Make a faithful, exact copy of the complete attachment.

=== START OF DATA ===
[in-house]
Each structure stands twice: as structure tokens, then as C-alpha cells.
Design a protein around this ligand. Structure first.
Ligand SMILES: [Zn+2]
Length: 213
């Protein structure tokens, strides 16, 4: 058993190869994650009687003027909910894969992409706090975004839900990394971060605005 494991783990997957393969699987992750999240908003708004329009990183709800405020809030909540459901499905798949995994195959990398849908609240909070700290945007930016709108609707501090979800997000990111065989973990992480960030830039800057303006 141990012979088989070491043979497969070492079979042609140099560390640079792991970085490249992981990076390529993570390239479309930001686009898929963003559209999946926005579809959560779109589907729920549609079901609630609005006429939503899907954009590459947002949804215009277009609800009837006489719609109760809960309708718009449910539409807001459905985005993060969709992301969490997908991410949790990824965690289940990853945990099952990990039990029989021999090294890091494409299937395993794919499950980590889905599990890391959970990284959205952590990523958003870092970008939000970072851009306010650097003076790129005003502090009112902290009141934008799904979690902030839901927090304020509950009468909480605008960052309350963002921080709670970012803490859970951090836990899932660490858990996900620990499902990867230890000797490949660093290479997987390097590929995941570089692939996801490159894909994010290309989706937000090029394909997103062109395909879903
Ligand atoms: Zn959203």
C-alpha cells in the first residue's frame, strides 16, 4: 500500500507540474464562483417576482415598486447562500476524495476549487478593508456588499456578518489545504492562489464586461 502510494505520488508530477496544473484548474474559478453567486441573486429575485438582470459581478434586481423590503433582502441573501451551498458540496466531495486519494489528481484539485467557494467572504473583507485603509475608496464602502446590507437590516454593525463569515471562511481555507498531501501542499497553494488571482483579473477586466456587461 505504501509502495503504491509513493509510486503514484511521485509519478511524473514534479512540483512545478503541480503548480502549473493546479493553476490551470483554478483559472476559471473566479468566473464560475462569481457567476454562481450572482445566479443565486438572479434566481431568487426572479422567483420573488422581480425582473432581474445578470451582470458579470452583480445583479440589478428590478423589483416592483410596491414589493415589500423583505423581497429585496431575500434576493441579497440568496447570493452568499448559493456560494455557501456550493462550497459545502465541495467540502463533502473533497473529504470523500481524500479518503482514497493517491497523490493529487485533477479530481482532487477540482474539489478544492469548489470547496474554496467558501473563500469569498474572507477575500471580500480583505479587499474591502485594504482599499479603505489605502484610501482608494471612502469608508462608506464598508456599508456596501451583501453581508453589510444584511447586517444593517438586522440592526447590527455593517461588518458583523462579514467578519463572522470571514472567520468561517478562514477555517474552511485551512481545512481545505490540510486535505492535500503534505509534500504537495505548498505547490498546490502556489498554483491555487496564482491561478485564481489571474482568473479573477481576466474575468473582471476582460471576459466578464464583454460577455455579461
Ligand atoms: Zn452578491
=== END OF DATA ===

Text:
[in-house]
Each structure stands twice: as structure tokens, then as C-alpha cells.
Design a protein around this ligand. Structure first.
Ligand SMILES: [Zn+2]
Length: 213
């Protein structure tokens, strides 16, 4: 058993190869994650009687003027909910894969992409706090975004839900990394971060605005 494991783990997957393969699987992750999240908003708004329009990183709800405020809030909540459901499905798949995994195959990398849908609240909070700290945007930016709108609707501090979800997000990111065989973990992480960030830039800057303006 141990012979088989070491043979497969070492079979042609140099560390640079792991970085490249992981990076390529993570390239479309930001686009898929963003559209999946926005579809959560779109589907729920549609079901609630609005006429939503899907954009590459947002949804215009277009609800009837006489719609109760809960309708718009449910539409807001459905985005993060969709992301969490997908991410949790990824965690289940990853945990099952990990039990029989021999090294890091494409299937395993794919499950980590889905599990890391959970990284959205952590990523958003870092970008939000970072851009306010650097003076790129005003502090009112902290009141934008799904979690902030839901927090304020509950009468909480605008960052309350963002921080709670970012803490859970951090836990899932660490858990996900620990499902990867230890000797490949660093290479997987390097590929995941570089692939996801490159894909994010290309989706937000090029394909997103062109395909879903
Ligand atoms: Zn959203």
C-alpha cells in the first residue's frame, strides 16, 4: 500500500507540474464562483417576482415598486447562500476524495476549487478593508456588499456578518489545504492562489464586461 502510494505520488508530477496544473484548474474559478453567486441573486429575485438582470459581478434586481423590503433582502441573501451551498458540496466531495486519494489528481484539485467557494467572504473583507485603509475608496464602502446590507437590516454593525463569515471562511481555507498531501501542499497553494488571482483579473477586466456587461 505504501509502495503504491509513493509510486503514484511521485509519478511524473514534479512540483512545478503541480503548480502549473493546479493553476490551470483554478483559472476559471473566479468566473464560475462569481457567476454562481450572482445566479443565486438572479434566481431568487426572479422567483420573488422581480425582473432581474445578470451582470458579470452583480445583479440589478428590478423589483416592483410596491414589493415589500423583505423581497429585496431575500434576493441579497440568496447570493452568499448559493456560494455557501456550493462550497459545502465541495467540502463533502473533497473529504470523500481524500479518503482514497493517491497523490493529487485533477479530481482532487477540482474539489478544492469548489470547496474554496467558501473563500469569498474572507477575500471580500480583505479587499474591502485594504482599499479603505489605502484610501482608494471612502469608508462608506464598508456599508456596501451583501453581508453589510444584511447586517444593517438586522440592526447590527455593517461588518458583523462579514467578519463572522470571514472567520468561517478562514477555517474552511485551512481545512481545505490540510486535505492535500503534505509534500504537495505548498505547490498546490502556489498554483491555487496564482491561478485564481489571474482568473479573477481576466474575468473582471476582460471576459466578464464583454460577455455579461
Ligand atoms: Zn452578491